Archive for: Uganda


The Health of People and Environment–Lake Victoria Basin (HoPE–LVB), a cross-sectoral integrated Population, Health, and Environment (PHE) effort implemented by Pathfinder International and a range of partners in Kenya and Uganda during 2011-2019, aimed to improve interconnected health, environment, and development challenges in an ecologically biodiverse region. After an external evaluation in 2018 documented the results of the project, partners and donors were interested in learning about the ongoing sustainability of the project activities to draw lessons for designing future projects. Therefore in 2022, USAID through the Knowledge SUCCESS project, collaborated with a philanthropic partner, Preston-Werner Ventures, to conduct a rapid stock-taking exercise to explore the successes, challenges, and opportunities in scaling-up and sustaining the cross-sectoral programming. This learning brief features the voices from a range of stakeholders that were involved in the project to share their perspectives and knowledge on the scale-up and sustainability of HoPE-LVB activities.

Year: 2022

Source: Knowledge SUCCESS

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The aim of this guide is to outline the unmet need for family planning that exists in many parts of sub-Saharan Africa, highlight the barriers to accessing and using family planning that exist for many girls and women, explain why conservation organizations are uniquely placed to introduce such activities to the communities they work with, and provide guidance for any organization that wishes to start a program to tackle this issue. It is based on CHASE Africa’s experience over the past ten years of supporting local partners to run, and in several cases set-up, community health and family planning programs in Kenya and Uganda. While some of the guidance is context specific, the guide highlights how programs could be adapted to other situations and circumstances.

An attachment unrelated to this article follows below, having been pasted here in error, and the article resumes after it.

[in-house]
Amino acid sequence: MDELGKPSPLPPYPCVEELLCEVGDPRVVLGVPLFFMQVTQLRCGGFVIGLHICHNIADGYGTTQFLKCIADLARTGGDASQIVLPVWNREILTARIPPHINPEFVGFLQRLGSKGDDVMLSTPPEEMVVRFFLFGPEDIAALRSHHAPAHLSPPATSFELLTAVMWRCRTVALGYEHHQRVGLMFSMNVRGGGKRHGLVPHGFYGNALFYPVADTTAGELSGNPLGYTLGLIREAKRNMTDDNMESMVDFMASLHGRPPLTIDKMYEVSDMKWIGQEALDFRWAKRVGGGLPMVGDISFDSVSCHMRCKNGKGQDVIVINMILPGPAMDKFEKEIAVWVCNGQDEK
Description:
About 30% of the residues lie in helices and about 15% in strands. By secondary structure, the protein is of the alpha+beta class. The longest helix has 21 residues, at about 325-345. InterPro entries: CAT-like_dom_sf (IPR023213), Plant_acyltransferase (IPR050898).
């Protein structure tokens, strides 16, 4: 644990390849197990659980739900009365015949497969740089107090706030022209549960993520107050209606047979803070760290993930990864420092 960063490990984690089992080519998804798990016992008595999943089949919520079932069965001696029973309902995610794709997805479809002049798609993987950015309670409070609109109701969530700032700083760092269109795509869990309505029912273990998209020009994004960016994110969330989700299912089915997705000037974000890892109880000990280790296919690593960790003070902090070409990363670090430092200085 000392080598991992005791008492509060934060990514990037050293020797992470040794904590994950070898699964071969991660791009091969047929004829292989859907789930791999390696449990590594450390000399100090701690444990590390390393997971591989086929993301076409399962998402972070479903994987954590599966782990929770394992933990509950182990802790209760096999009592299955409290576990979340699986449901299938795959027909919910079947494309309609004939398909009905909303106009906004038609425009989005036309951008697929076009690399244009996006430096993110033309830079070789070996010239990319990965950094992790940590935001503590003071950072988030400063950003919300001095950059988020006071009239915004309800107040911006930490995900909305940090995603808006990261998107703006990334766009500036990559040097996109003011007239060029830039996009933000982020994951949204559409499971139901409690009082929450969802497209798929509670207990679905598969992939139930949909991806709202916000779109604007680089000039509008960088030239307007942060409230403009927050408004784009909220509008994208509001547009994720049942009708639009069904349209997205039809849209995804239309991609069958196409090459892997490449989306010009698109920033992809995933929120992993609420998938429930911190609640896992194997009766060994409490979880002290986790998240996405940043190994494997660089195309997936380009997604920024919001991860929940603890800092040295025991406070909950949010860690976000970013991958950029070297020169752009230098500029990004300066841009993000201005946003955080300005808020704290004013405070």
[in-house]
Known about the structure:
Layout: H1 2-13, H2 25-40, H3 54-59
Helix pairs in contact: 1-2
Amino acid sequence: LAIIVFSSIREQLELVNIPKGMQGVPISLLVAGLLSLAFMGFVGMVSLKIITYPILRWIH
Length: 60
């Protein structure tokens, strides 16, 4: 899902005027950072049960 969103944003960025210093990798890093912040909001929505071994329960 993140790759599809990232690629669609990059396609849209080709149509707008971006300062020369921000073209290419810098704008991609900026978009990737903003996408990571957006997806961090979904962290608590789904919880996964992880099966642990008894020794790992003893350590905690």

Year: 2021

Source: CHASE Africa

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The aim of PHE projects is to improve access to reproductive and other health services for vulnerable populations in rural and ecologically threatened areas, while at the same time empowering these communities to manage their natural resources in ways that benefit their livelihoods. By linking these issues, people are increasingly motivated to change behaviors that threaten their health and environment. The PHE approach proposes that close collaboration and coordination across multiple sectors contributes to holistic results—people with improved health outcomes, diversified livelihoods, and stronger, more sustainable ecosystems. This publication features insights from four ongoing PHE projects in East Africa—two led by Pathfinder International and two by Deutsche Stiftung Weltbevölkerung (DSW)—and provides recommendations for those seeking to refine the PHE development framework. The projects described are located in Ethiopia, Uganda, Tanzania and Kenya.

Year: 2013

Source: Pathfinder International | DSW